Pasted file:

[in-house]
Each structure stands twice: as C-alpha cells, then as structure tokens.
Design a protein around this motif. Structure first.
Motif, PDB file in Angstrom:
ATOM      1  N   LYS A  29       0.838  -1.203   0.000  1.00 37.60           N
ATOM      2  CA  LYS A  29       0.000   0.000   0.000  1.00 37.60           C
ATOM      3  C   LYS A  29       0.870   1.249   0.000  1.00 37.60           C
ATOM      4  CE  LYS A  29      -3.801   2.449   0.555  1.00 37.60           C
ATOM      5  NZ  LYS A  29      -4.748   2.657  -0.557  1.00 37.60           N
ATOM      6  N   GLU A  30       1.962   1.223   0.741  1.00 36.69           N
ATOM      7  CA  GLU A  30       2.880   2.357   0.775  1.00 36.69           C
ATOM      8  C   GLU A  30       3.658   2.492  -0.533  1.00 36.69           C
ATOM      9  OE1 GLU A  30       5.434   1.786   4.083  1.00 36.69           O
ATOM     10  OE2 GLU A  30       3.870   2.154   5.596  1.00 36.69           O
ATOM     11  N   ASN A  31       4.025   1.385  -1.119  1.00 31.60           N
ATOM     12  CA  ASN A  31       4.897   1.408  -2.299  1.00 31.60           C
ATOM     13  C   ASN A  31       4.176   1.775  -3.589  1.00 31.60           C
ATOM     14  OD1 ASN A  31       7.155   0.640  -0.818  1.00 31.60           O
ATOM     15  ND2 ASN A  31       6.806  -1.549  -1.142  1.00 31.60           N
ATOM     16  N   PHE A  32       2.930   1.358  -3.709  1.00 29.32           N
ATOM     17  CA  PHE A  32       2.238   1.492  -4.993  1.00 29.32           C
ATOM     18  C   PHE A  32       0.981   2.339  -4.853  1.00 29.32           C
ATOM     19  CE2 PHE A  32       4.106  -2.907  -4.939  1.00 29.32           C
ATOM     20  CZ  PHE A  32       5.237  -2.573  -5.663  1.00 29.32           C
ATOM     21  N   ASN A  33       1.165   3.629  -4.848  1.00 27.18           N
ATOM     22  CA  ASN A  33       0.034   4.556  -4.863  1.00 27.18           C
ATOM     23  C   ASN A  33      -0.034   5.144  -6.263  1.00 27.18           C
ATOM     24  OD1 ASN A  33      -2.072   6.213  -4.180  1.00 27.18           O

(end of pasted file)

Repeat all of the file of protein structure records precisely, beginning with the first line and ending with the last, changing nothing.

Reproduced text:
[in-house]
Each structure stands twice: as C-alpha cells, then as structure tokens.
Design a protein around this motif. Structure first.
Motif, PDB file in Angstrom:
ATOM      1  N   LYS A  29       0.838  -1.203   0.000  1.00 37.60           N
ATOM      2  CA  LYS A  29       0.000   0.000   0.000  1.00 37.60           C
ATOM      3  C   LYS A  29       0.870   1.249   0.000  1.00 37.60           C
ATOM      4  CE  LYS A  29      -3.801   2.449   0.555  1.00 37.60           C
ATOM      5  NZ  LYS A  29      -4.748   2.657  -0.557  1.00 37.60           N
ATOM      6  N   GLU A  30       1.962   1.223   0.741  1.00 36.69           N
ATOM      7  CA  GLU A  30       2.880   2.357   0.775  1.00 36.69           C
ATOM      8  C   GLU A  30       3.658   2.492  -0.533  1.00 36.69           C
ATOM      9  OE1 GLU A  30       5.434   1.786   4.083  1.00 36.69           O
ATOM     10  OE2 GLU A  30       3.870   2.154   5.596  1.00 36.69           O
ATOM     11  N   ASN A  31       4.025   1.385  -1.119  1.00 31.60           N
ATOM     12  CA  ASN A  31       4.897   1.408  -2.299  1.00 31.60           C
ATOM     13  C   ASN A  31       4.176   1.775  -3.589  1.00 31.60           C
ATOM     14  OD1 ASN A  31       7.155   0.640  -0.818  1.00 31.60           O
ATOM     15  ND2 ASN A  31       6.806  -1.549  -1.142  1.00 31.60           N
ATOM     16  N   PHE A  32       2.930   1.358  -3.709  1.00 29.32           N
ATOM     17  CA  PHE A  32       2.238   1.492  -4.993  1.00 29.32           C
ATOM     18  C   PHE A  32       0.981   2.339  -4.853  1.00 29.32           C
ATOM     19  CE2 PHE A  32       4.106  -2.907  -4.939  1.00 29.32           C
ATOM     20  CZ  PHE A  32       5.237  -2.573  -5.663  1.00 29.32           C
ATOM     21  N   ASN A  33       1.165   3.629  -4.848  1.00 27.18           N
ATOM     22  CA  ASN A  33       0.034   4.556  -4.863  1.00 27.18           C
ATOM     23  C   ASN A  33      -0.034   5.144  -6.263  1.00 27.18           C
ATOM     24  OD1 ASN A  33      -2.072   6.213  -4.180  1.00 27.18           O